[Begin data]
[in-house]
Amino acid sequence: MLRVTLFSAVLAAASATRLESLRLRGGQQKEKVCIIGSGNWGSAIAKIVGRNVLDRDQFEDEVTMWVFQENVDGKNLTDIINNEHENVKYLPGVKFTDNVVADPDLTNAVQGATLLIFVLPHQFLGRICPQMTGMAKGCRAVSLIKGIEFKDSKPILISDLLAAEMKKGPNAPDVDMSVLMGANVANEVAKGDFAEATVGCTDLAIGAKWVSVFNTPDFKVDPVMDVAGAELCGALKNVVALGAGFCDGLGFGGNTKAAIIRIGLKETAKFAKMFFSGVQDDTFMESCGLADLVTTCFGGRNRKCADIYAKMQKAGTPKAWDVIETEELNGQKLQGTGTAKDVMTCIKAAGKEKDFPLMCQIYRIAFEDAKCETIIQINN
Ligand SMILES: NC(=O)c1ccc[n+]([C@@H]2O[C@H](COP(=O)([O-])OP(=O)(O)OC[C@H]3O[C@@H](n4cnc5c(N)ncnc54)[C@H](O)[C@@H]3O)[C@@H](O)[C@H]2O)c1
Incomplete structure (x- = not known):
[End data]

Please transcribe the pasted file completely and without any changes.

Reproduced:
[in-house]
Amino acid sequence: MLRVTLFSAVLAAASATRLESLRLRGGQQKEKVCIIGSGNWGSAIAKIVGRNVLDRDQFEDEVTMWVFQENVDGKNLTDIINNEHENVKYLPGVKFTDNVVADPDLTNAVQGATLLIFVLPHQFLGRICPQMTGMAKGCRAVSLIKGIEFKDSKPILISDLLAAEMKKGPNAPDVDMSVLMGANVANEVAKGDFAEATVGCTDLAIGAKWVSVFNTPDFKVDPVMDVAGAELCGALKNVVALGAGFCDGLGFGGNTKAAIIRIGLKETAKFAKMFFSGVQDDTFMESCGLADLVTTCFGGRNRKCADIYAKMQKAGTPKAWDVIETEELNGQKLQGTGTAKDVMTCIKAAGKEKDFPLMCQIYRIAFEDAKCETIIQINN
Ligand SMILES: NC(=O)c1ccc[n+]([C@@H]2O[C@H](COP(=O)([O-])OP(=O)(O)OC[C@H]3O[C@@H](n4cnc5c(N)ncnc54)[C@H](O)[C@@H]3O)[C@@H](O)[C@H]2O)c1
Incomplete structure (x- = not known):